The reason why I encourage you to use light olive oil over extra virgin olive oil for roasting your garlic is because I have read that the smoke points for the different kinds of olive oil vary with the smoke point for light olive oil being higher than extra virgin. Bad things happen to oil when it reaches the smoke point. First, the oil begins to break down and create free radicals which are bad for your body. However, they are not nearly as bad as flames in your oven, which is the other concern of oil reaching the smoke point. The smoke point isn’t too far from the flash point where the oil could break into flames. Danger, Will Robinson, danger. At the same time, there is A LOT of data out there on the various smoke points for oils, and they don’t all say the same information. This website is all about olive oil and has good information about smoke points so you can educate yourself to make your own decision. One blogger doesn’t even recommend using olive oil anymore; you can read about that and using ghee instead, if you like.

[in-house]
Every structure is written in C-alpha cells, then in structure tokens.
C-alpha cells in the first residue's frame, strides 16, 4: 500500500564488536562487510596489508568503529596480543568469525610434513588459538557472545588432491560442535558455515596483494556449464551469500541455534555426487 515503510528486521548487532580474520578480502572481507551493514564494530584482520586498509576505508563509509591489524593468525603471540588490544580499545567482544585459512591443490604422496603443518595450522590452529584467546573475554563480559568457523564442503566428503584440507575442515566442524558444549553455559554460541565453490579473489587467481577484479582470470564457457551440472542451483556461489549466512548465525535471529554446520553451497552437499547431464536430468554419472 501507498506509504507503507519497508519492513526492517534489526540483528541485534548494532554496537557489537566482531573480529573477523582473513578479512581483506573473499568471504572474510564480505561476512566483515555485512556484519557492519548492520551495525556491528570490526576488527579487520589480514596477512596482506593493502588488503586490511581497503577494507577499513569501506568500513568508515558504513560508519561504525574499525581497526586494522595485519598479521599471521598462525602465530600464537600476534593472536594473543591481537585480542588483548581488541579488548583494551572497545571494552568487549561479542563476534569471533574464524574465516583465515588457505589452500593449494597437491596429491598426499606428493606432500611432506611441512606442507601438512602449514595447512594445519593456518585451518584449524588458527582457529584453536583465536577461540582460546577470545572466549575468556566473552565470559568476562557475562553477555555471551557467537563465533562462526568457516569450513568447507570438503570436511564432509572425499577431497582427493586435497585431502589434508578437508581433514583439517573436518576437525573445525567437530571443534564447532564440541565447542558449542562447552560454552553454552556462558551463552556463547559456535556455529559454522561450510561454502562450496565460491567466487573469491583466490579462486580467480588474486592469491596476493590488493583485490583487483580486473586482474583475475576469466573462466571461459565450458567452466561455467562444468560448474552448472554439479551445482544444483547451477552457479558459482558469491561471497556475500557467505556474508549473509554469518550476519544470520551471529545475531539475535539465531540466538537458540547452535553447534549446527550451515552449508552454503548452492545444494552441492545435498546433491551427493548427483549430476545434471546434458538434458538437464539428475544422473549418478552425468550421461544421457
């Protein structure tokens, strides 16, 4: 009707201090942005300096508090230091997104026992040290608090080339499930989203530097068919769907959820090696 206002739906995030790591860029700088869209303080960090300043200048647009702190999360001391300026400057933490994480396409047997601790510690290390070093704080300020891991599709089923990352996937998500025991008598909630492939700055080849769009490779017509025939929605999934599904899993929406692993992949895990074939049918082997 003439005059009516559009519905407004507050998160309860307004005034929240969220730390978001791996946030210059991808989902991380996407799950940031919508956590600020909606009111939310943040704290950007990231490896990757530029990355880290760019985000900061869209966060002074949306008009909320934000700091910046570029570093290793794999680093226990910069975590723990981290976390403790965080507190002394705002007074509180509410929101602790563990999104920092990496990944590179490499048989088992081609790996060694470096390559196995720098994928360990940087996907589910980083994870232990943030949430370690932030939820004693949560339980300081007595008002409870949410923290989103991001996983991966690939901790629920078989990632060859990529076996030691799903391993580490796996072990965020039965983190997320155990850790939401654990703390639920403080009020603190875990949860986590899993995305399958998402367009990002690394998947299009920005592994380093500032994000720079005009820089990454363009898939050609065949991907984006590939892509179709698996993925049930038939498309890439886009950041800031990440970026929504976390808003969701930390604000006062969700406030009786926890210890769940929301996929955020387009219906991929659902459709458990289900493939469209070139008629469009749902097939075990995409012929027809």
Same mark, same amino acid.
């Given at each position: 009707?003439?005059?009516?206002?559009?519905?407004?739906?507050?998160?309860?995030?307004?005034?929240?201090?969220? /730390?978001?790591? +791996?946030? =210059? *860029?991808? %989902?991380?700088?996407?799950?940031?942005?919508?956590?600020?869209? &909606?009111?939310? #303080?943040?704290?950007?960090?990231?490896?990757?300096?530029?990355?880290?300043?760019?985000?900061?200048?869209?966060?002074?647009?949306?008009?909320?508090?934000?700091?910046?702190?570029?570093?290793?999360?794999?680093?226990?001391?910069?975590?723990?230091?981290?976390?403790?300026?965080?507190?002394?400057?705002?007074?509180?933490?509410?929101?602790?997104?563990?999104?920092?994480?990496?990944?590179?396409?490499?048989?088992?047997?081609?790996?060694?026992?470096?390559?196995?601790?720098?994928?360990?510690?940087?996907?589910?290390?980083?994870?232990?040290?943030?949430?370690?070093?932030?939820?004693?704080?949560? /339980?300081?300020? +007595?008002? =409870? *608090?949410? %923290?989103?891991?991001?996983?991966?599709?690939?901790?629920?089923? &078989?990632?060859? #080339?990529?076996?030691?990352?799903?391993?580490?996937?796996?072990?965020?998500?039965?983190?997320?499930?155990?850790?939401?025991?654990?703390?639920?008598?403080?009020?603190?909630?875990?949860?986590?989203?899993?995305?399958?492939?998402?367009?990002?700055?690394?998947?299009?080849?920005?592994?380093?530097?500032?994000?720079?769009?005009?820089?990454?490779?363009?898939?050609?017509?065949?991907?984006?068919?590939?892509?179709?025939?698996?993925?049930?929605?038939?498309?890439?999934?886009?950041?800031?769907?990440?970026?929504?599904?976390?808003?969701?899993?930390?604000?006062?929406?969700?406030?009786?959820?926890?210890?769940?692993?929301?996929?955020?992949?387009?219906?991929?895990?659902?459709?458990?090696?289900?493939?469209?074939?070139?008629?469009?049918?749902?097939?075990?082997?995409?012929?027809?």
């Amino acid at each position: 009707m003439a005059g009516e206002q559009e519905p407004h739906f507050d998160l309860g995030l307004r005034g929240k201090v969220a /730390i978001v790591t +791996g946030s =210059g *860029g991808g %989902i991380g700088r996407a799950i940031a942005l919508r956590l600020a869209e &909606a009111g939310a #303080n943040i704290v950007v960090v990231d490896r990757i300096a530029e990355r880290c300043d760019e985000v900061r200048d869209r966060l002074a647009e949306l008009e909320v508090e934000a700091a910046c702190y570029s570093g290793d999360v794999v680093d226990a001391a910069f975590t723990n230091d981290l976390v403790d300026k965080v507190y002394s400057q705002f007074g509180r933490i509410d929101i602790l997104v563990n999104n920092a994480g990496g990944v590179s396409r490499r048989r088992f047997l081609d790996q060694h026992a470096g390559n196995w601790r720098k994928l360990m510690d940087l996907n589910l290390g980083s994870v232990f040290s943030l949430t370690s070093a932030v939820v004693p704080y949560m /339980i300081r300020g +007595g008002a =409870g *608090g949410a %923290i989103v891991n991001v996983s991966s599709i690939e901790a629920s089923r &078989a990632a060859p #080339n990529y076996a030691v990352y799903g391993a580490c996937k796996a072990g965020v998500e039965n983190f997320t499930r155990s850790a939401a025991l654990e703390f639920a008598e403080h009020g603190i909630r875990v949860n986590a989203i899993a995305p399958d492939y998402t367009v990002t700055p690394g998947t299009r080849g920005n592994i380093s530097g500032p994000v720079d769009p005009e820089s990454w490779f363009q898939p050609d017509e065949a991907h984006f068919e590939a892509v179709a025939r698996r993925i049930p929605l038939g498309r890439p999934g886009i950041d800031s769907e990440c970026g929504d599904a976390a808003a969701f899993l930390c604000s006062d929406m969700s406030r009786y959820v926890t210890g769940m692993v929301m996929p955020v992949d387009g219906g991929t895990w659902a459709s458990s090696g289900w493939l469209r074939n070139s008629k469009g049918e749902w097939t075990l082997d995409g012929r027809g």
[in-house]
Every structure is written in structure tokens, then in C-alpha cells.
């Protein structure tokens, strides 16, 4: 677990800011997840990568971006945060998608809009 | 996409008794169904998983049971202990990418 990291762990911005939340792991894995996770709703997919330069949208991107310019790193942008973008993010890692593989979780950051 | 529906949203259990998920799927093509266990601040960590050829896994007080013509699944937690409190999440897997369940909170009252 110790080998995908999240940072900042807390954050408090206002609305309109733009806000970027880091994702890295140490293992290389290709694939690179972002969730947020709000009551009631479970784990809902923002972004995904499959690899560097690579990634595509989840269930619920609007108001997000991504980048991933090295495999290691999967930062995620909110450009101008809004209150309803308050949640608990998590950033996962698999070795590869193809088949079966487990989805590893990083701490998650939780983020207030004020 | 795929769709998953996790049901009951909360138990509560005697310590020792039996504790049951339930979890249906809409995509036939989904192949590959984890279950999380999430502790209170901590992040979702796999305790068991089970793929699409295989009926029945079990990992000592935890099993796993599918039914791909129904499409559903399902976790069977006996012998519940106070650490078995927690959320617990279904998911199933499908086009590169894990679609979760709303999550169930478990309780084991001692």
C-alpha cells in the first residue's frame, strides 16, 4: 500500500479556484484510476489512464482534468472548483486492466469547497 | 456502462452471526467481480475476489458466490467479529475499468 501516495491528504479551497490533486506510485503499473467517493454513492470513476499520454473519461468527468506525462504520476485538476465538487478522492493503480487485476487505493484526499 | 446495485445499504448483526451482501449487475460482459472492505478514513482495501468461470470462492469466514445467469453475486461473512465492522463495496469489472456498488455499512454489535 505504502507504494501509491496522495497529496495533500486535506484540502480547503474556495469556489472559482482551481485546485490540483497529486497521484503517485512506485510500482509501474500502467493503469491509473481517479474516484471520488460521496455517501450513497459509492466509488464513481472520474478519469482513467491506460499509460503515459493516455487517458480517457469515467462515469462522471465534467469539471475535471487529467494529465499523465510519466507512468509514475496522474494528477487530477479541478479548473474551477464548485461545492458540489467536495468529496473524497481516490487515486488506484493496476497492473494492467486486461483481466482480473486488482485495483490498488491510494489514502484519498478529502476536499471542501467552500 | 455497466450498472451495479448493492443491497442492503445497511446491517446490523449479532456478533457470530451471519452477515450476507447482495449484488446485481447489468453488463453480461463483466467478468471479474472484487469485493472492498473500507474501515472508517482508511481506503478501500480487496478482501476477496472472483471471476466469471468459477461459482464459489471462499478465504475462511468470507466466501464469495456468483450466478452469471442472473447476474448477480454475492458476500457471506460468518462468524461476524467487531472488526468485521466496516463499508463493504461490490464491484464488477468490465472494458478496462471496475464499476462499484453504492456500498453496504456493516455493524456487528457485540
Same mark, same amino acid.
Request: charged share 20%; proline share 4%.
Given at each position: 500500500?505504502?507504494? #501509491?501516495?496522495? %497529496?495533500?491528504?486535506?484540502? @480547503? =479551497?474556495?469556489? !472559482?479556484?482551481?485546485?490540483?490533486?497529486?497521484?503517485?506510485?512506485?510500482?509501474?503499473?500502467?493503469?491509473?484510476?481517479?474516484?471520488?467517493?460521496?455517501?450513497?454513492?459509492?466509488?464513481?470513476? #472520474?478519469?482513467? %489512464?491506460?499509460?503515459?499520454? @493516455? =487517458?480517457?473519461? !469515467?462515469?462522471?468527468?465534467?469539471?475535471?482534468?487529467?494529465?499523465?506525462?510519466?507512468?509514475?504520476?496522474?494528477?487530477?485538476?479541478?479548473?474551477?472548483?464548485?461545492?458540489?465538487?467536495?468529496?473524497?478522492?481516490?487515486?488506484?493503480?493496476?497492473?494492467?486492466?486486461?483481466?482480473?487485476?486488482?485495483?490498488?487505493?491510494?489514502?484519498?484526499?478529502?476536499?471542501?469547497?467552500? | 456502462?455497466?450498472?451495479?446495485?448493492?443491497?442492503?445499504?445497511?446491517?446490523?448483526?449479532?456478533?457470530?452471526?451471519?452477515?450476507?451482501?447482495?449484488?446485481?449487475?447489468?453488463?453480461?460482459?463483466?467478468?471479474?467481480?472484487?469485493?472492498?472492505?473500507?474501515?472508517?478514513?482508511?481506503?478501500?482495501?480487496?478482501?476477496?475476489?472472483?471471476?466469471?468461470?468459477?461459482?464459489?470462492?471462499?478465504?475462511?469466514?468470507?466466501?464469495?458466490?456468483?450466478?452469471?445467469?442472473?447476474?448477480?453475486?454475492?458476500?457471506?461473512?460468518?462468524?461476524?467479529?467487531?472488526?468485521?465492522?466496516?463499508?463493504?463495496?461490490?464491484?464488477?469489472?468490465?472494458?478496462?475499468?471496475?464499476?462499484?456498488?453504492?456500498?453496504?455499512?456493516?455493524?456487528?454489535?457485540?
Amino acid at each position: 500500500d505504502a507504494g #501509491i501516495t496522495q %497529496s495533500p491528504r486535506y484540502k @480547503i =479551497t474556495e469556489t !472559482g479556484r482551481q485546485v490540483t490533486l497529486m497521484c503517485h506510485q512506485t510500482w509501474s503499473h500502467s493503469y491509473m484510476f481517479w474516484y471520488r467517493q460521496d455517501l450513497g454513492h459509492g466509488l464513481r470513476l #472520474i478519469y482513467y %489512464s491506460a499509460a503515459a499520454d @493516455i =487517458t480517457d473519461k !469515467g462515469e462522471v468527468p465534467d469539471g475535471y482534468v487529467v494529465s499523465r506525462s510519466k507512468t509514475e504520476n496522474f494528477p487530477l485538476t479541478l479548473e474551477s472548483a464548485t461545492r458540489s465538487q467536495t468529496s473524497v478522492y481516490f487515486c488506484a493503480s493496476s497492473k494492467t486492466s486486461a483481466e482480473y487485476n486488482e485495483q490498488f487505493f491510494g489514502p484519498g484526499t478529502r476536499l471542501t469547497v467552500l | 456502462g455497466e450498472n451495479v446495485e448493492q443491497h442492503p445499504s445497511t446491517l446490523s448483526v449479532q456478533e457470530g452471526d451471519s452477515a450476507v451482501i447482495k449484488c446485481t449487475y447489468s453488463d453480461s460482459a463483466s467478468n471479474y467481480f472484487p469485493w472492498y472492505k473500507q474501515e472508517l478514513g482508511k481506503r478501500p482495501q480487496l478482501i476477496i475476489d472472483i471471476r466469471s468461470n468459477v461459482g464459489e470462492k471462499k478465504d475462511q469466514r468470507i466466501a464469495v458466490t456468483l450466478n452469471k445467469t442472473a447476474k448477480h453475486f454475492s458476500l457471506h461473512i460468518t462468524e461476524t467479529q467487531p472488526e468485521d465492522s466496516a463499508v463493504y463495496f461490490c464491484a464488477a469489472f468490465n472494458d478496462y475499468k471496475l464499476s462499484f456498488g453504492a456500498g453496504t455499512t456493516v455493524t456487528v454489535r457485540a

Spread the good word about roasted garlic, y’all. I’ve learned that too many of my dear friends have never eaten it or don’t know how to make it at home. It’s just not right. We shouldn’t be paying $9 for it at restaurants. We can roast our own garlic to use in a plethora of ways! It even keeps in the fridge for about a week if you want to spread out using it. We have options and they are delicious! But do spread the good word so that others can know the joy of roasted garlic. Happy eating!

Onion Herbed Meatballs